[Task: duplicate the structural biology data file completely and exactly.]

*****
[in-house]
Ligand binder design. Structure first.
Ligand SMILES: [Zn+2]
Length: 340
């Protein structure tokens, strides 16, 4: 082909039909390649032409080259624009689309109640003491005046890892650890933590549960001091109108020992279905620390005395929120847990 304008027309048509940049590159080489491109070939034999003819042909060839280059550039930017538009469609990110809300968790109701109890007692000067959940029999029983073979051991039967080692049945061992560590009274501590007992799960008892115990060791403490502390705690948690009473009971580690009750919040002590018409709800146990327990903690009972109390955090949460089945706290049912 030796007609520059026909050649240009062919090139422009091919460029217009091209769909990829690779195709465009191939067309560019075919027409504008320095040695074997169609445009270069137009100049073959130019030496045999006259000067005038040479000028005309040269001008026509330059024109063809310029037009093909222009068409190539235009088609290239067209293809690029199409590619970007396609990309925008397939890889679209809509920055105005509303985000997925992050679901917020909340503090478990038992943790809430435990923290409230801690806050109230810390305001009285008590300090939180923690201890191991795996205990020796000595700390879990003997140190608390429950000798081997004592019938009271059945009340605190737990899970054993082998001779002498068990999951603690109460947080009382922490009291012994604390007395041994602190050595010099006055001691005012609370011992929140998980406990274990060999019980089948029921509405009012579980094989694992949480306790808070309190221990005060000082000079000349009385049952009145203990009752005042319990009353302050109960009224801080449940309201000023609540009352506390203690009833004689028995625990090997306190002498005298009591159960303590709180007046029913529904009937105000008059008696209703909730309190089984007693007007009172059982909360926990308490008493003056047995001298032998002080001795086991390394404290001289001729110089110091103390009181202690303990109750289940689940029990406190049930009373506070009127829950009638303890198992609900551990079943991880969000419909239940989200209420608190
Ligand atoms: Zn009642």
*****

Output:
[in-house]
Ligand binder design. Structure first.
Ligand SMILES: [Zn+2]
Length: 340
């Protein structure tokens, strides 16, 4: 082909039909390649032409080259624009689309109640003491005046890892650890933590549960001091109108020992279905620390005395929120847990 304008027309048509940049590159080489491109070939034999003819042909060839280059550039930017538009469609990110809300968790109701109890007692000067959940029999029983073979051991039967080692049945061992560590009274501590007992799960008892115990060791403490502390705690948690009473009971580690009750919040002590018409709800146990327990903690009972109390955090949460089945706290049912 030796007609520059026909050649240009062919090139422009091919460029217009091209769909990829690779195709465009191939067309560019075919027409504008320095040695074997169609445009270069137009100049073959130019030496045999006259000067005038040479000028005309040269001008026509330059024109063809310029037009093909222009068409190539235009088609290239067209293809690029199409590619970007396609990309925008397939890889679209809509920055105005509303985000997925992050679901917020909340503090478990038992943790809430435990923290409230801690806050109230810390305001009285008590300090939180923690201890191991795996205990020796000595700390879990003997140190608390429950000798081997004592019938009271059945009340605190737990899970054993082998001779002498068990999951603690109460947080009382922490009291012994604390007395041994602190050595010099006055001691005012609370011992929140998980406990274990060999019980089948029921509405009012579980094989694992949480306790808070309190221990005060000082000079000349009385049952009145203990009752005042319990009353302050109960009224801080449940309201000023609540009352506390203690009833004689028995625990090997306190002498005298009591159960303590709180007046029913529904009937105000008059008696209703909730309190089984007693007007009172059982909360926990308490008493003056047995001298032998002080001795086991390394404290001289001729110089110091103390009181202690303990109750289940689940029990406190049930009373506070009127829950009638303890198992609900551990079943991880969000419909239940989200209420608190
Ligand atoms: Zn009642």